Know what’s be­low be­fore you dig this spring

Cecil Whig - - WE ATHE R -

With the snow gone and the ground thawed, many ea­ger home­own­ers and land­scape pro­fes­sion­als across the coun­try are rolling up their sleeves and reach­ing for their shov­els to start projects that re­quire dig­ging this spring.

Dur­ing the tran­si­tion into “dig­ging sea­son,” Com­mon Ground Al­liance (CGA), the as­so­ci­a­tion ded­i­cated to pro­tect­ing un­der­ground util­i­ties and the peo­ple who dig near them, re­minds home­own­ers and pro­fes­sional dig­gers that call­ing 811 is the first step to­wards pro­tect­ing you and your com­mu­nity from the risk of un­in­ten­tion­ally dam­ag­ing an un­der­ground line.

Every dig­ging project, no mat­ter how large or small, war­rants a free call to 811. In­stalling a mail­box or fence, build­ing a deck and landscaping are all ex­am­ples of dig­ging projects that should only be­gin a few days af­ter mak­ing a call to 811. Call­ing this num­ber con­nects you to your lo­cal one call util­ity no­ti­fi­ca­tion cen­ter.

Ac­cord­ing to data col­lected by CGA in a phone sur­vey in late Fe­bru­ary, more than half (46 per­cent) of Amer­i­can home­own­ers said they plan to do DIY projects in­volv­ing dig­ging this year, but 40 per­cent of them do not plan to make a free call to 811 be­fore dig­ging. Ex­trap­o­lated to the full pop­u­la­tion of U.S. home­own­ers, ap­prox­i­mately 51.8 mil­lion peo­ple will dig this year with­out first call­ing 811.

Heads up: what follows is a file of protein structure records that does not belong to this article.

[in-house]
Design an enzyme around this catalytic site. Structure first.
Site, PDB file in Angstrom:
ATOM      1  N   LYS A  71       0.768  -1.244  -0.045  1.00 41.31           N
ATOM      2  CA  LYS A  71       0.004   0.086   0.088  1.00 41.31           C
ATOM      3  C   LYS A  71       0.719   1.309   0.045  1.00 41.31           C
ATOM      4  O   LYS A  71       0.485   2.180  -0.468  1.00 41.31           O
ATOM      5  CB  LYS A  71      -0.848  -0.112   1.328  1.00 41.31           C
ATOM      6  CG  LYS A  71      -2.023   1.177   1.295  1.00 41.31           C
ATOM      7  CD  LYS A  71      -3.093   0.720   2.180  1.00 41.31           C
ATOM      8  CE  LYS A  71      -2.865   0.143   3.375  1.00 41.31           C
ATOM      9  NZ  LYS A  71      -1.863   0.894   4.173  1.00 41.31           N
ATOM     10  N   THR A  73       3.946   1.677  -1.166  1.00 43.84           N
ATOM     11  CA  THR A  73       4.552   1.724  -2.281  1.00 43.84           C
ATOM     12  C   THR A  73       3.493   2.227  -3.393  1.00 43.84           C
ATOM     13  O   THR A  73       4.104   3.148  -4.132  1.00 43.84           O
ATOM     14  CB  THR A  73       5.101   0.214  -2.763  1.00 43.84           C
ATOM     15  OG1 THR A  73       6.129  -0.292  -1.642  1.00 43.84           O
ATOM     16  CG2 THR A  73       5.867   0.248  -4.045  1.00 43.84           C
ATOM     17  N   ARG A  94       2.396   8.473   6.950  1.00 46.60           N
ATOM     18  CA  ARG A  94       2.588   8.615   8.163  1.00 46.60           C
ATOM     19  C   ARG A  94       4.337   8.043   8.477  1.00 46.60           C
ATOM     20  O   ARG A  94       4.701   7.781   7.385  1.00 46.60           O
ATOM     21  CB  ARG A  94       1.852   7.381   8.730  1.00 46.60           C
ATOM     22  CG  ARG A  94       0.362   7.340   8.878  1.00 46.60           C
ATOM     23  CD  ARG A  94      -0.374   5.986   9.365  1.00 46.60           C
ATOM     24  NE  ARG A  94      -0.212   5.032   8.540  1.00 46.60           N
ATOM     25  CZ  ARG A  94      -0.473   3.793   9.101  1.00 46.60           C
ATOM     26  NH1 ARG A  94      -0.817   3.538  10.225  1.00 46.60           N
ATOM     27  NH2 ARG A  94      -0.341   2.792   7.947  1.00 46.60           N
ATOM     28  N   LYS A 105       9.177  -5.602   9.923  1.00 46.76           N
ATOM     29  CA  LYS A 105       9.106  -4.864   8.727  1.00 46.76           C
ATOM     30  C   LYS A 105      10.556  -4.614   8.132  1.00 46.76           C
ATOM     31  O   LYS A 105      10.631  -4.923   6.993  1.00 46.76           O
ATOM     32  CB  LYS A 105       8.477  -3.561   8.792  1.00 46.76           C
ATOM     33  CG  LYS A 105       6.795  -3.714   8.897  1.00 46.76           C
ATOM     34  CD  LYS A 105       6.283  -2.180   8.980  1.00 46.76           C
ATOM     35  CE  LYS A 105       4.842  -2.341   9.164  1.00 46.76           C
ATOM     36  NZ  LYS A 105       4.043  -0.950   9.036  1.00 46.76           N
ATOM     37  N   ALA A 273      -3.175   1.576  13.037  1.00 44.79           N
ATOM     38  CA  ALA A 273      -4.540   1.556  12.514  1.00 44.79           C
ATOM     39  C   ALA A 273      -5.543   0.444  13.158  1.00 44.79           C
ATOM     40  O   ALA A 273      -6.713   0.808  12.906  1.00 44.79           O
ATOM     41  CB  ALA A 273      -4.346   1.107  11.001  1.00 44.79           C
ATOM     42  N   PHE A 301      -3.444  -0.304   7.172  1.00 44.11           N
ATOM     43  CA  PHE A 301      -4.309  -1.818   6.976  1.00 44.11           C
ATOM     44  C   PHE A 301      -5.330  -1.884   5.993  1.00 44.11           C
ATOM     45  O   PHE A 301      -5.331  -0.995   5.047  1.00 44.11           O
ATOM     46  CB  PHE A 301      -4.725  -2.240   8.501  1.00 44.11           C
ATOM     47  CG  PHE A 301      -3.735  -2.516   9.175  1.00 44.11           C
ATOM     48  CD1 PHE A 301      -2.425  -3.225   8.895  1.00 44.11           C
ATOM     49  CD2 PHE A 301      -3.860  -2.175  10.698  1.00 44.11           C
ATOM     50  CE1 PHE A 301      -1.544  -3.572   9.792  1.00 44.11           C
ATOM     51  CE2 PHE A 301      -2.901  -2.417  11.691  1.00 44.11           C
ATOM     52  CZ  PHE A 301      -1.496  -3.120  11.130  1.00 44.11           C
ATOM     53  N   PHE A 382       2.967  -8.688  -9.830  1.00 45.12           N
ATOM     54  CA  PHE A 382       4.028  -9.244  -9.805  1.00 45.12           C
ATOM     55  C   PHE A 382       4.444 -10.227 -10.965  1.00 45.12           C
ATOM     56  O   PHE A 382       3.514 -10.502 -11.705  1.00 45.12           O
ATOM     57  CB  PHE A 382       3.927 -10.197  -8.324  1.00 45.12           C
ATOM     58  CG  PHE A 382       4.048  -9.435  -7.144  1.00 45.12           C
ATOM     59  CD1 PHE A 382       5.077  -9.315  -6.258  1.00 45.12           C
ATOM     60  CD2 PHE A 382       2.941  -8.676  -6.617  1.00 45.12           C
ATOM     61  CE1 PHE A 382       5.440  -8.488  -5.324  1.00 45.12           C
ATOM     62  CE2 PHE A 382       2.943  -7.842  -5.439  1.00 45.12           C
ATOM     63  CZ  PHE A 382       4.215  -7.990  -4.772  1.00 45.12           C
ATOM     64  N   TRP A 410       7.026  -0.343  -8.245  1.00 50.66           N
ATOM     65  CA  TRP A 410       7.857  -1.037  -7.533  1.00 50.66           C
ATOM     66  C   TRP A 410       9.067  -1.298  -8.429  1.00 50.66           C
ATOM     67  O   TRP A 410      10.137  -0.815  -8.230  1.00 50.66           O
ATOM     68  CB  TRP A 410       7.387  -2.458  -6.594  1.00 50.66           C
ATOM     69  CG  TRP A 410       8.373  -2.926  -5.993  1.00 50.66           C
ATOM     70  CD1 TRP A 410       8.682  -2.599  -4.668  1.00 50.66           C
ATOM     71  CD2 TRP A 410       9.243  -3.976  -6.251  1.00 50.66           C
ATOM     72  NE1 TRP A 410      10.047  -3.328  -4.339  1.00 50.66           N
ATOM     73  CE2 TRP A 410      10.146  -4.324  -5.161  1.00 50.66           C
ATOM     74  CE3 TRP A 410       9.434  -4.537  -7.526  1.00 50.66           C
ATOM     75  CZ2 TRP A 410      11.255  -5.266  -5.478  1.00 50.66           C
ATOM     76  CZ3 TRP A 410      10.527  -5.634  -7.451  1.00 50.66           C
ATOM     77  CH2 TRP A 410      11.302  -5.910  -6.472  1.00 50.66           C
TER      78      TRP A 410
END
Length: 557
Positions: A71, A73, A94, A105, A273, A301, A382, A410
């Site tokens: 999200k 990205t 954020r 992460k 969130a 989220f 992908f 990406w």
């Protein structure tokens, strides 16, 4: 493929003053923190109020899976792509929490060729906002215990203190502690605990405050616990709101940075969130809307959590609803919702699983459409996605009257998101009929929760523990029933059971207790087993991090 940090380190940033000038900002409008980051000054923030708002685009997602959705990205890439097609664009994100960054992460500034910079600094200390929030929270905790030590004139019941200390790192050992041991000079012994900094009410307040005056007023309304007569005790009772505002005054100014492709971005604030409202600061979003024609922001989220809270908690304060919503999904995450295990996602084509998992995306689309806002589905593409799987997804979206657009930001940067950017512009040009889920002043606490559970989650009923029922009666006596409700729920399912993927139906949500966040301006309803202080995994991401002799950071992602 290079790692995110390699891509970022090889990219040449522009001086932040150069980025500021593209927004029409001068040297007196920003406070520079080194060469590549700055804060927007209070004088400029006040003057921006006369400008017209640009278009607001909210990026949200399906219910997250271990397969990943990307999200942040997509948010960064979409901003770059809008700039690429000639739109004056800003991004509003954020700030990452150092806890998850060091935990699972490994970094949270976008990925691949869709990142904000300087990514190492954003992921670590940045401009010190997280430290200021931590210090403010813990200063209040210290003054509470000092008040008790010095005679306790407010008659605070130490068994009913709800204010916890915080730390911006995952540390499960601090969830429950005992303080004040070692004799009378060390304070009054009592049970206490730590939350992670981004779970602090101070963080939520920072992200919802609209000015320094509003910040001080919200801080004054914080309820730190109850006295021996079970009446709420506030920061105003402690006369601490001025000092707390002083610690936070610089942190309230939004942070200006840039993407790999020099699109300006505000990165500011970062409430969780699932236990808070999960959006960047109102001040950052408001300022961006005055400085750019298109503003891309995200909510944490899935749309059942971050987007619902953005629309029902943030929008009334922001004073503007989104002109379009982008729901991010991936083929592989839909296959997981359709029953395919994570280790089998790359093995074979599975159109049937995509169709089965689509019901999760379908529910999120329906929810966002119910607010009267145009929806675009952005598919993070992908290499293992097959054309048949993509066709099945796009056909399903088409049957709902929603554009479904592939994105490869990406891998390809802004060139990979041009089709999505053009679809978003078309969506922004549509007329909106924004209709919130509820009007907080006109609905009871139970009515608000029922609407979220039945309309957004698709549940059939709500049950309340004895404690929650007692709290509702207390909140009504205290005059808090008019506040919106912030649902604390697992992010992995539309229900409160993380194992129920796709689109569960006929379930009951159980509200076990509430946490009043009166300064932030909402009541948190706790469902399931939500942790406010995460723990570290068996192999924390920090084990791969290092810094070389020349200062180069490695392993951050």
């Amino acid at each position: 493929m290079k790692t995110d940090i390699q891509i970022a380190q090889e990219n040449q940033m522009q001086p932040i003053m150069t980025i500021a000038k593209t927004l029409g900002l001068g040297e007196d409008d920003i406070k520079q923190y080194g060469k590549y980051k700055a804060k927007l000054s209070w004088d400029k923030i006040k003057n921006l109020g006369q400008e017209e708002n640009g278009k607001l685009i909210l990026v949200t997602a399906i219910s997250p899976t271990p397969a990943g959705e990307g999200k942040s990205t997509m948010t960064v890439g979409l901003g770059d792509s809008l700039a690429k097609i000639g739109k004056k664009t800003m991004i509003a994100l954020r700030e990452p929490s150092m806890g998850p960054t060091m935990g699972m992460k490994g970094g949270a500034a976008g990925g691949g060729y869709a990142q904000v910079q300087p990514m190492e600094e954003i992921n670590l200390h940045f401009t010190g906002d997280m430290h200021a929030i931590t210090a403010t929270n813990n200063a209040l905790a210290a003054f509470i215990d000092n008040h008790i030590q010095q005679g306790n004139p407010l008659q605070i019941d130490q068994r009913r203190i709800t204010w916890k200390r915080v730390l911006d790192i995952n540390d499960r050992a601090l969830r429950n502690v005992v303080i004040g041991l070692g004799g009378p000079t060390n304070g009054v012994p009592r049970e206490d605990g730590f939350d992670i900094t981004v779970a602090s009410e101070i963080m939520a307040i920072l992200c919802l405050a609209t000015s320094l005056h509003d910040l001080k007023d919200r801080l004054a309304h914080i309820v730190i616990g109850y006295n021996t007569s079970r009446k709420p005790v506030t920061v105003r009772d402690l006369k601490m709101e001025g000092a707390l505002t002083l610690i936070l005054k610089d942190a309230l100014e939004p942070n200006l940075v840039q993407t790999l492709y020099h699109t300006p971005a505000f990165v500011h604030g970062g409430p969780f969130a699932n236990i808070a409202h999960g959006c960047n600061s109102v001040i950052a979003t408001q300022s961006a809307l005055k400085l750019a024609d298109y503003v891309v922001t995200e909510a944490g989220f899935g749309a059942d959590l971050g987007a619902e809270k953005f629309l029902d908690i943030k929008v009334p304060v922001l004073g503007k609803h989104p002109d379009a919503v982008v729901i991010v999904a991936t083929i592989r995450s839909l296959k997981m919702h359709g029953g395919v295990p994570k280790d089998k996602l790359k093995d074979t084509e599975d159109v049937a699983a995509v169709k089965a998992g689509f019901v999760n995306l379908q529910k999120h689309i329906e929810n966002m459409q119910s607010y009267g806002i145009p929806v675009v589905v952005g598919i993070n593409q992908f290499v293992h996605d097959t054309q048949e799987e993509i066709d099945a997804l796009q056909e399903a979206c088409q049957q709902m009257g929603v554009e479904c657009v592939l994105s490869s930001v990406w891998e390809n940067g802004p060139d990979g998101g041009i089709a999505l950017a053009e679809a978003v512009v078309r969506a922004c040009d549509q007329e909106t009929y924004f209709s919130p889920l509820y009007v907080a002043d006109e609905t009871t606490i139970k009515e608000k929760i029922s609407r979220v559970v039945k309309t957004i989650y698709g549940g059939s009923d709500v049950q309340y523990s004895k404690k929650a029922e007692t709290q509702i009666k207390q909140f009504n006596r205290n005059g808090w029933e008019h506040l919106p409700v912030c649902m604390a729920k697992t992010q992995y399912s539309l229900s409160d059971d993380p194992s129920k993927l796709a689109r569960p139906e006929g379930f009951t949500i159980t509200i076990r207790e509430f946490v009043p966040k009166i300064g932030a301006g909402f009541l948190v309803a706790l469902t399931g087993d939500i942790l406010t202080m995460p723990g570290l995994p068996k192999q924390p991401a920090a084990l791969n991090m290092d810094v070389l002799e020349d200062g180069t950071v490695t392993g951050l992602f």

A util­ity line is dam­aged every six min­utes in Amer­ica be­cause some­one de­cided to dig with­out mak­ing a call to 811 to learn the ap­prox­i­mate lo­ca­tion of buried util­i­ties in their area. Un­in­ten­tion­ally strik­ing one of these lines can re­sult in in­con­ve­nient out­ages for en­tire neigh­bor­hoods, harm to your­self or your neigh­bors and re­pair costs.

As a re­sult, CGA of­fers the fol­low­ing tips to make sure you com­plete your project safely and with­out any util­ity ser­vice in­ter­rup­tions, so you don’t be­come a statis­tic.

Here’s how the 811 process works:

1. One free, sim­ple phone call to 811 makes it easy for your lo­cal one call cen­ter to no­tify all ap­pro­pri­ate util­ity com­pa­nies of your in­tent to dig. Call a few days prior to dig­ging to en­sure enough time for the ap­prox­i­mate lo­ca­tion of util­ity lines to be marked with flags or paint.

2. When you call 811, a rep­re­sen­ta­tive from your lo­cal one call cen­ter will ask for the lo­ca­tion and de­scrip­tion of your dig­ging project.

3. Your lo­cal one-call cen­ter will no­tify af­fected util­ity com­pa­nies, which will then send pro­fes­sional lo­ca­tors to the pro­posed dig site to mark the ap­prox­i­mate lo­ca­tion of your lines.

4. Only once all lines have been ac­cu­rately marked, roll up those sleeves and care­fully dig around the marked ar­eas.

There are nearly 19 mil­lion miles of un­der­ground util­ity lines in the United States that your fam­ily de­pends on for ev­ery­day needs in­clud­ing elec­tric, gas, wa­ter and sewer, cable TV, high-speed In­ter­net and lan­d­line tele­phone. That equals more than a football field’s length of util­i­ties for every per­son in the United States. With that much crit­i­cal in­fra­struc­ture un­der­ground, it’s im­por­tant to know what’s be­low and call 811 be­fore dig­ging.

To find out more in­for­ma­tion about 811 or the one call util­ity no­ti­fi­ca­tion cen­ter in your area, visit call811.com.

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